Moorestown residents hold donation drive for Ukraine

Socks, first-aid supplies collected at schools and rec center.

Special to The Sun: A table at the Ukrainian Educational and Cultural Center in Jenkintown, Pennsylvania, where Moorestown residents are donating items such as first aid supplies for relief efforts in Ukraine.

In support of relief efforts for war-torn Ukraine, Moorestown residents Harry Faunce, Becky Cheung, Elena Nirenberg and Jennifer Scharf are holding a donation drive through March 18.

New socks and underwear for all ages and genders can be dropped off at any of the following schools: Baker, Roberts, South Valley and Upper elementary schools and William Allen Middle School.

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First-aid related items and kits and over-the-counter medications such as Tylenol and/or Ibuprofen and vitamins can be dropped off at the Moorestown Rec Center. All donations will go to the Ukrainian Catholic Archeparchy of Philadelphia and the Ukrainian Educational and Cultural Center in Jenkintown, Pennsylvania.

“The needs on the ground, in Poland and in the Czech Republic and in Ukraine, are changing daily,” Faunce said of Russia’s incursion into Ukraine last month. “The needs that they have, they can’t even properly predict because of the amount of refugees that are coming across the border, what aid they can get into Ukraine and then just the ever-changing conditions.”

Faunce said sock and underwear donations are important because of their value.

Special to The Sun: The Ukrainian Educational and Cultural Center in Jenkintown, Pennsylvania, where Moorestown residents are donating items such as socks and underwear for relief efforts in Ukraine.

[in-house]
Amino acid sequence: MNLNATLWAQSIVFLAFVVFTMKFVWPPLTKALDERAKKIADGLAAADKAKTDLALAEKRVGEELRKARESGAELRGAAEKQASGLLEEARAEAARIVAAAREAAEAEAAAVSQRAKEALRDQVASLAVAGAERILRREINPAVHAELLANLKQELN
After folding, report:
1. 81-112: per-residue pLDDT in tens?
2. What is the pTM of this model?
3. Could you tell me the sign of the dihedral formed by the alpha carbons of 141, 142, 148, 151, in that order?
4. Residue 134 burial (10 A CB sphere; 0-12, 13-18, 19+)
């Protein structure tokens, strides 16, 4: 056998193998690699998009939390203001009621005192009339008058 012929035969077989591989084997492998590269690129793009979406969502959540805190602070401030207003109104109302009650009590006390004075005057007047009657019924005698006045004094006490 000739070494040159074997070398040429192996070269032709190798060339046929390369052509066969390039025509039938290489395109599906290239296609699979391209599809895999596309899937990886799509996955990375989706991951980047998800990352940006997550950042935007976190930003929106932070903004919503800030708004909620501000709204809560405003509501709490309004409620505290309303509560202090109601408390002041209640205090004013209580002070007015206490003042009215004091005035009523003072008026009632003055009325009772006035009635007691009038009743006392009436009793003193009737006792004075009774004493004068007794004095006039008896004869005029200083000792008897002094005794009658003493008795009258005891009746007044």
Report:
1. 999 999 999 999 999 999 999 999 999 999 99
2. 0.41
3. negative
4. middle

“Those are items that will always be needed no matter what the weather is (and) no matter what is going on,” he said. “What they need today and right now is going to be very different then what they’re going to need two weeks from now.”

“The people just, they’re trying to guess what they’re going to need at some point in time in the future,” Faunce added.

Items are also donated separately for a reason.

“The key there is, we don’t want medications being dropped off at the schools, because schools are very sensitive when it comes to medications and children and we don’t want that, because they’re just sitting out,” Faunce explained.

Faunce emphasized that monetary donations to any reputable organization helping Ukraine are strongly encouraged, and a list is provided on his Facebook page.

“The cash you donate today will actually be used today through wire transfers to purchase something in Poland to get shipped over either into Ukraine or to be used for the refugees in Poland,” he noted.

Faunce is grateful for all the donations so far.

“I really have learned that all you need to do is ask in this town and people will come together and will do what they need to do to help,” he said. “If there is something positive to be had about it, it is the fact that in this town, no matter what our differences are with anything else, if there’s a need, everybody comes running, and they will fill that need.”

For more information on how to help Ukraine’s relief efforts, visit Faunce’s Facebook page.

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